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The Hooligan: Advice to the first years

This Monday, my mom called me and updated me on a family friend who just started their first year at college. It’s not going well, is what she told me. Everything she said just kept hitting me blow after blow. It reminded me of how I felt my first year at college, almost to the tee. 

I reached out to them just to check in and the texts were few and far between. The stubbornness, the isolation, the hyper-fixation on school work— it was damaging. College is not just about a degree; it’s teaching you how to be a person with the independence sought at a young age. I don’t think anyone has ever said that to me, and from the conversations that I’ve had with peers, they were not informed of that either. It’s something that we have to figure out on our own. I don’t know if that is a good or a bad thing. Whatever it is, it Regardless, it kind of fucking sucks. The freshmen depression hits everyone, if not in their freshmen year, it’s gonna get you eventually.

I talked with many people to get their recommendations on beating freshmen depression. The overall consensus was to force yourself to get out and meet people. Clubs were the number one suggestion. Getting a job was another. Having someone who is an extrovert or an upperclassman adopt you and take you under your wing was another idea. Stay away from the RA events, but a few of the campus events can be very fun, depending on what they are.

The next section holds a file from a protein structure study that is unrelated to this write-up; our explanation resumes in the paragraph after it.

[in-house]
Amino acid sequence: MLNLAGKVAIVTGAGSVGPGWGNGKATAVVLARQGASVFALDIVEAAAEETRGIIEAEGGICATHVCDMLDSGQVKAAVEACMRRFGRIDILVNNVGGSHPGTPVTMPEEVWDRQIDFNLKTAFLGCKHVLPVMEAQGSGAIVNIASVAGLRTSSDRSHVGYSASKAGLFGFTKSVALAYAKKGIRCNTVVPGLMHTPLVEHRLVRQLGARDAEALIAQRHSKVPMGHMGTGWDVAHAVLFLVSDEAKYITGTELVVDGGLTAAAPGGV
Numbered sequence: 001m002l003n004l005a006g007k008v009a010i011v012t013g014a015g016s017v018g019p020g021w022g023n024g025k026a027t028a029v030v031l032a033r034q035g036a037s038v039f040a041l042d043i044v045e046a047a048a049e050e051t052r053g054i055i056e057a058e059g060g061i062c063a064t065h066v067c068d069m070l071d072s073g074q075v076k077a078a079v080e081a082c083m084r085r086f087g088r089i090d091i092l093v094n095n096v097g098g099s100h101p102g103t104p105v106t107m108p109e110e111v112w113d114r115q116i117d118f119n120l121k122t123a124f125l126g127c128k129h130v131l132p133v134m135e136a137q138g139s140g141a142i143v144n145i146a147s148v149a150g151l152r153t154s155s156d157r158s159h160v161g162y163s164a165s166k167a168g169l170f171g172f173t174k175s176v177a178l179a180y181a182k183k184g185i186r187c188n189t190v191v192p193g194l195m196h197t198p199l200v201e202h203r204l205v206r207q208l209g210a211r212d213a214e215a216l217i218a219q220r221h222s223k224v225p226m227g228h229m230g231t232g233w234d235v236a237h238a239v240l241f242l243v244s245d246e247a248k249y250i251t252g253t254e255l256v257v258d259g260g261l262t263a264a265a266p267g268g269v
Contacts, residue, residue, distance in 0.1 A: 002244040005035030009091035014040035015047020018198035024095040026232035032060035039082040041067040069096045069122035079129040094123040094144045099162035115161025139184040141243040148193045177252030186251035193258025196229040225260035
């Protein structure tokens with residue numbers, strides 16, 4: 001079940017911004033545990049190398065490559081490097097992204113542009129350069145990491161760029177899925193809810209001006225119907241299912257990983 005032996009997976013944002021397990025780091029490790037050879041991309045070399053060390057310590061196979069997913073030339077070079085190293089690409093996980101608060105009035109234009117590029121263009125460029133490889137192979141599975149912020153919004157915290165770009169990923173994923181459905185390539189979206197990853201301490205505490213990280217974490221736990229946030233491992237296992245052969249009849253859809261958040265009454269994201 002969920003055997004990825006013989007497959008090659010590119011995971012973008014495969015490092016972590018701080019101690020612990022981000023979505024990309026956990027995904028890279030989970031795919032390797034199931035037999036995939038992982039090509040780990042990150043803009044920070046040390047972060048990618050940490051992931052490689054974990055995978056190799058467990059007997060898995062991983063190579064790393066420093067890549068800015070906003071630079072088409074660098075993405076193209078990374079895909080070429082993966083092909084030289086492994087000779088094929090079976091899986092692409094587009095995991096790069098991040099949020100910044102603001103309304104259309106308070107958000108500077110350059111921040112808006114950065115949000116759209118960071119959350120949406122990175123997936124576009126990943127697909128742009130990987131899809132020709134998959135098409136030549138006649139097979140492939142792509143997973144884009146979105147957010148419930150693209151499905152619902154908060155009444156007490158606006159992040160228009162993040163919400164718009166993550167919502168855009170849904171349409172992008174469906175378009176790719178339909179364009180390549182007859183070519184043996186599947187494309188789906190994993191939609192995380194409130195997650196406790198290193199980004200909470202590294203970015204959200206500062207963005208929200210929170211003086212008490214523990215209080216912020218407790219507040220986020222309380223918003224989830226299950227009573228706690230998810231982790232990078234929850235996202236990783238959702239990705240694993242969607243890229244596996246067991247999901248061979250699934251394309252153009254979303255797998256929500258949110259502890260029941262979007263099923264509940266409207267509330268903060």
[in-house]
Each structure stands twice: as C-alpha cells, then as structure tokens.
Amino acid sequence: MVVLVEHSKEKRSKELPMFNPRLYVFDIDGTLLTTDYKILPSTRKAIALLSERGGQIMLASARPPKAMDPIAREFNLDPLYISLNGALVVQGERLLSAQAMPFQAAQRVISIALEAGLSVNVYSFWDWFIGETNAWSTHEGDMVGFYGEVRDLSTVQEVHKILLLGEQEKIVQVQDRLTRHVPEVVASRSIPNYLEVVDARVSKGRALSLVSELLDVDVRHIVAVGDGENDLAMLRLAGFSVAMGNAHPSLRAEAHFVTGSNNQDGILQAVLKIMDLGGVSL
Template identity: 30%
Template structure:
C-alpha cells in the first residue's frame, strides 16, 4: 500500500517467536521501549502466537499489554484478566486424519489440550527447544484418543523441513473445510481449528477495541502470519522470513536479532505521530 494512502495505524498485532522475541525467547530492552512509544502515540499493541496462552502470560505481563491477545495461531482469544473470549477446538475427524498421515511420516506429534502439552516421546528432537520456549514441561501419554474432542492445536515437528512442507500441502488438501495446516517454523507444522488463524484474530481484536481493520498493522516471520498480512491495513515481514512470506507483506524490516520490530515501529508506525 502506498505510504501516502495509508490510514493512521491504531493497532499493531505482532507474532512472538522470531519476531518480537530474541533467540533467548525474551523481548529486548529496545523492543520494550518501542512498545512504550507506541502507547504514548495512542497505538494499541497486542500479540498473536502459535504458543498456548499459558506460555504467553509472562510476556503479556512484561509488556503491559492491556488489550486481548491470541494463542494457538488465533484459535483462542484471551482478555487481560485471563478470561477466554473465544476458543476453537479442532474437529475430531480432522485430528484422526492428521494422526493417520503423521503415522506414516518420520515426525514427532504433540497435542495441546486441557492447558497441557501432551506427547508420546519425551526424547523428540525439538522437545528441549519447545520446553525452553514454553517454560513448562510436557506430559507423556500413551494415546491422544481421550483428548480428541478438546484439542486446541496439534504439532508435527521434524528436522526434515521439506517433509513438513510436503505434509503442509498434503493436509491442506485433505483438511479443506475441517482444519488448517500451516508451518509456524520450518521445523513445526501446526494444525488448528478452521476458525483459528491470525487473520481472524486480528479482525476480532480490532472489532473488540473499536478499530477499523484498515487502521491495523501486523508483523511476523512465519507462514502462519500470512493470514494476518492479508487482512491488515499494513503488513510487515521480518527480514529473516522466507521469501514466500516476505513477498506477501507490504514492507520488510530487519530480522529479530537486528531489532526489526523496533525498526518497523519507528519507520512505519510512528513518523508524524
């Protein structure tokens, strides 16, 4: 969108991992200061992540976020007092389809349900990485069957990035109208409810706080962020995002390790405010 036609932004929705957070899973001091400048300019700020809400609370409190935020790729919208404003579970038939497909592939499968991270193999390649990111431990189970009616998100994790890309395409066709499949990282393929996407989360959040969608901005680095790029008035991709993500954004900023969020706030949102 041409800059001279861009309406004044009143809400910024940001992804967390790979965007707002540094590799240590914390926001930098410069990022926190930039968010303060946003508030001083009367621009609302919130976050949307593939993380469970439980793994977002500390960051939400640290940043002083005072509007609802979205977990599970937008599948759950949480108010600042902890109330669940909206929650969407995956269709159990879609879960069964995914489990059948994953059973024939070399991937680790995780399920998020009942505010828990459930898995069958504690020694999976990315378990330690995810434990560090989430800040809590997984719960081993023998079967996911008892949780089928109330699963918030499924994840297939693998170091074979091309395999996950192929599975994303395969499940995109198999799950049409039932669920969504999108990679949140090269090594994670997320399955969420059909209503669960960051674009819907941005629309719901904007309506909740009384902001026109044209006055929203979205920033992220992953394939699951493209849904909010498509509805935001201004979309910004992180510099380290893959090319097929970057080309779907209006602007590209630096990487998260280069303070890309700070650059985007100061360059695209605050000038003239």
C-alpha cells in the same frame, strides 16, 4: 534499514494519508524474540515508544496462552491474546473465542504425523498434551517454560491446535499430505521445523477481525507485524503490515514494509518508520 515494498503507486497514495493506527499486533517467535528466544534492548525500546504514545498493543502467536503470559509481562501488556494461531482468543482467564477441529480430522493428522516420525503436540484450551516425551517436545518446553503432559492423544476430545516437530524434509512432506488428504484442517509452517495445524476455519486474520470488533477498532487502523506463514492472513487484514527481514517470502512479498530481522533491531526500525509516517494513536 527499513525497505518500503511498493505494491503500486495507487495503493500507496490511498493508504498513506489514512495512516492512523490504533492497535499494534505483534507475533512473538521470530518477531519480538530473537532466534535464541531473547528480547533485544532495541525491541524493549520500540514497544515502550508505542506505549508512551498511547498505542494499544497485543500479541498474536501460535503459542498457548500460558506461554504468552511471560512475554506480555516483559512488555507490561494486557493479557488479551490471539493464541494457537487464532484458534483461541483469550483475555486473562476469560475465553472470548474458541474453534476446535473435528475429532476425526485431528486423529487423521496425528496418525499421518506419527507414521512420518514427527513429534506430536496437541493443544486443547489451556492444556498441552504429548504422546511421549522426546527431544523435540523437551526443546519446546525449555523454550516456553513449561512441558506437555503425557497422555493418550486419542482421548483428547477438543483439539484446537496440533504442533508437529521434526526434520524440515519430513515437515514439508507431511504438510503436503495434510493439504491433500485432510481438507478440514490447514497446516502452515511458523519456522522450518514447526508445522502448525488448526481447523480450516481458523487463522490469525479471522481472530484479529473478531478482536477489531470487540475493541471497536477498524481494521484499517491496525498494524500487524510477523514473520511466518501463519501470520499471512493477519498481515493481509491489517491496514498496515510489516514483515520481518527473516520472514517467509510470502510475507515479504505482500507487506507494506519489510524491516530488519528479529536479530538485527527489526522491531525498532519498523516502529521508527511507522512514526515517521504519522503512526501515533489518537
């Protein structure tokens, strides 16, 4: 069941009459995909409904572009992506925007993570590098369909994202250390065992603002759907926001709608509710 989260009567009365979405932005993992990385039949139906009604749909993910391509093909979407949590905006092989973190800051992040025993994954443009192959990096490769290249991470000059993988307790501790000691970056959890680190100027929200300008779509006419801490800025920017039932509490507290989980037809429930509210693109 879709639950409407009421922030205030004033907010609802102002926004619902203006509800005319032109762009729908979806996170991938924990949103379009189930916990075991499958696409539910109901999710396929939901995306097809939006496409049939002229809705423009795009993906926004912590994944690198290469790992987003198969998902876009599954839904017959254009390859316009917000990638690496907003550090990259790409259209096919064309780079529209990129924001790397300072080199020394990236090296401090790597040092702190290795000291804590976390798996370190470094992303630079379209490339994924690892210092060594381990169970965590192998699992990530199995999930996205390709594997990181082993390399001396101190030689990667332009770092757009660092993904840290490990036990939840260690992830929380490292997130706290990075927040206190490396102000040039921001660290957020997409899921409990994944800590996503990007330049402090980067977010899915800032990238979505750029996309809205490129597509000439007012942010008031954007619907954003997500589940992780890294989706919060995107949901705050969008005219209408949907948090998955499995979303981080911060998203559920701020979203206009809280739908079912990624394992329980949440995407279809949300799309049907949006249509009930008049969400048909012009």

At our university, the sex mingo is very popular. School-sanctioned trips to big cities are a great opportunity to meet new people since you are kind of forced to spend hours with people in a car and in the city. What better way than that?

Of course, everything that I have suggested I did not do. Same with many of the people I talked to. For me, it was just kind of luck. Likewise, when you enter your second year, you tend to feel more confident and comfortable in your skin.  If you’ve ever been in that funk, you know how difficult it is to get out of it. It takes time; do not expect it to happen immediately. Of course, it is important to do well in classes, but they’re not everything. 

College is not going to be something to remember if you spend most of your time writing lab reports and papers. Time management is crucial; completing work in smaller chunks can really help in the long run. Meeting an assignment goal so that you can go hang out with friends can make things all the better.

But from someone who had kind of fallen out of the depression, go ahead and take these words with a grain of salt. But if you want your mom to continue to send you events on campus over text or have her make a post on the Facebook page asking for someone to be your friend, take the initiative and make the most out of your college career.

 Some people don’t go to college and find it very difficult to make friends outside of school. You’ve been handed a thousand-dollar ticket to make connections with people your own age. Likewise, the purpose of freshman friends is to ditch them immediately; they just help the process of making friends. The start is the hardest, but once it starts, it burns like wildfire, and then you’re on your way to making a fool of yourself in front of strangers, and that lab report isn’t everything anymore. 

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